Legal Blog

Executive Action to Keep Families Together

On June 18th, 2024, the White House has announced a new Executive Action aimed to provide relief to potentially over half a million immigrants without status as well as children by providing a direct path to legal permanent residence. In addition, the Executive Action will aim to ease the working visa process for Deferred Action for Childhood Arrivals (DACA) recipients and US college graduates who have earned a degree in the United States.

The Executive Action lays out the following framework for spouses of U.S. citizens and children to keep their families together. There is a ten-year residence requirement followed by a three-year designated period to apply for legal permanent residency. This temporary period will also allow for work authorization for qualified applicants. We still don’t know exactly how this will be implemented, but it will likely take the form of an immigrant visa petition or temporary status petition, which then provides the three-year window to file an I-485 adjustment of status application. Many questions remain including the required evidence, filing fees, processing times as well as the current backlogs for immigrant visa processing. However, this Executive Action represents a major election-year step to improve the nation’s immigration system at a time when the southern border is subject to intense scrutiny. The exact text of the legal pathway is below:

  • To be eligible, noncitizens must – as of June 17, 2024 – have resided in the United States for 10 or more years and be legally married to a U.S. citizen, while satisfying all applicable legal requirements. On average, those who are eligible for this process have resided in the U.S. for 23 years.
  • Those who are approved after the Department of Homeland Security (DHS)’s case-by-case assessment of their application will be afforded a three-year period to apply for permanent residency. They will be allowed to remain with their families in the United States and be eligible for work authorization for up to three years. This will apply to all married couples who are eligible.
  • This action will protect approximately half a million spouses of U.S. citizens and approximately 50,000 noncitizen children under the age of 21 whose parent is married to a U.S. citizen.

The DACA and US College Graduates provision to ease visa requirements are light on details – which is understandable given the nature of Executive Actions – but it is a significant step to recognize the White House’s commitment to DACA as well as college graduates. We can only speculate what form the regulatory improvements will take; there could be special processing time frames for potential regulatory changes to the H1B visa category. The text of the Executive Action is as follows:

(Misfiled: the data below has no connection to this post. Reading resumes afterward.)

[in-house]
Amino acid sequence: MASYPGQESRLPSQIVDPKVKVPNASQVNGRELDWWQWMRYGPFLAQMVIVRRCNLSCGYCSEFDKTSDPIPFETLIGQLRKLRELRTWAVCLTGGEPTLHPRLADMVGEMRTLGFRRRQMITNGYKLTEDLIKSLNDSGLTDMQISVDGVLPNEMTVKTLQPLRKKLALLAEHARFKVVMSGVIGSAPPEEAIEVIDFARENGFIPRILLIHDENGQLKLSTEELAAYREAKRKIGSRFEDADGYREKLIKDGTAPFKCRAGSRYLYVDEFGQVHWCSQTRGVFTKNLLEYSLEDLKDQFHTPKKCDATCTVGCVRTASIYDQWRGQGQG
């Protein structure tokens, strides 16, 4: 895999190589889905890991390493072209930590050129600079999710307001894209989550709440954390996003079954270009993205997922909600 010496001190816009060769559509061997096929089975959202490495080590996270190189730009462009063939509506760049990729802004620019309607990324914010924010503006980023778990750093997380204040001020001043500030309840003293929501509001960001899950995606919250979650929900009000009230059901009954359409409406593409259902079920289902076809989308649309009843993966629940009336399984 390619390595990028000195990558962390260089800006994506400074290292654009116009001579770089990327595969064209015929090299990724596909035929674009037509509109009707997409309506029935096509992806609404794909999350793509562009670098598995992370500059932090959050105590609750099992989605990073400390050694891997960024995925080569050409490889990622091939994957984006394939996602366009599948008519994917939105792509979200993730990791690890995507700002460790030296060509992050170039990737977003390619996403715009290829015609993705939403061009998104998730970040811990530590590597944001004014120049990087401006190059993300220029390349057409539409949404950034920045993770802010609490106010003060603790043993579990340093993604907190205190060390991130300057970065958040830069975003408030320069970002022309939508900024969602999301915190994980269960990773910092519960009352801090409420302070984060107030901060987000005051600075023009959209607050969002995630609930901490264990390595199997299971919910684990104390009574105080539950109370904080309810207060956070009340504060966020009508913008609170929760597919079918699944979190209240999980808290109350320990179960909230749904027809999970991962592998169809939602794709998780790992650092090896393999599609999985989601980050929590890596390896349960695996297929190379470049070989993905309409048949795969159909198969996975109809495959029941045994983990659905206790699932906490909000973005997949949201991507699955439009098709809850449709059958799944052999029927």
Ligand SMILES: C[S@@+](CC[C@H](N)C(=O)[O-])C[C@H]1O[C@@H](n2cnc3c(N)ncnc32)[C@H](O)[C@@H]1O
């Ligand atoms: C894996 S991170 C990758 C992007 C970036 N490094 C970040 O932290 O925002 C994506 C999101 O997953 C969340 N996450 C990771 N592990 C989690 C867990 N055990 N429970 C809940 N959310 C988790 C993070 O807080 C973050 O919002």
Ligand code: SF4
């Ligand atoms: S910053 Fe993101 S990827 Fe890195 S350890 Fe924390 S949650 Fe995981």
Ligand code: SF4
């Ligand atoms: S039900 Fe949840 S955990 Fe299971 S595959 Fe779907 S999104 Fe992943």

• President Obama and then-Vice President Biden established the DACA policy to allow young people who were brought here as children to come out of the shadows and contribute to our country in significant ways. Twelve years later, DACA recipients who started as high school and college students are now building successful careers and establishing families of their own.
  • Today’s announcement will allow individuals, including DACA recipients and other Dreamers, who have earned a degree at an accredited U.S. institution of higher education in the United States, and who have received an offer of employment from a U.S. employer in a field related to their degree, to more quickly receive work visas.
  • Recognizing that it is in our national interest to ensure that individuals who are educated in the U.S. are able to use their skills and education to benefit our country, the Administration is taking action to facilitate the employment visa process for those who have graduated from college and have a high-skilled job offer, including DACA recipients and other Dreamers.

It is an exciting time for immigrants who have lived in this country for some time. It is also potentially a huge benefit to the younger generation who are now graduating from college and trying to build their American Dream. As the White House states in the Executive Action: “Immigrants who have been in the United States for decades, paying taxes and contributing to their communities, are part of the social fabric of our country.”

How is an Executive Action different to an Executive Order?

Executive Actions are executive branch instructions to implement policies, rules, regulations under existing laws. As opposed to Executive Orders which are legally binding directives to the executive branch that are legally enforceable.


Michael J. Freestone is a Principal in the firm’s Immigration Law group where he advises individual and corporate clients of all sizes on a range of immigration-related issues. He specializes in strategic immigration planning with a focus on long-term strategies and develops robust immigration law compliance programs for his corporate clients. He handles non‐immigrant petitions, visa and consular issues, employment and family-based immigrant petitions, adjustment of status applications and naturalization.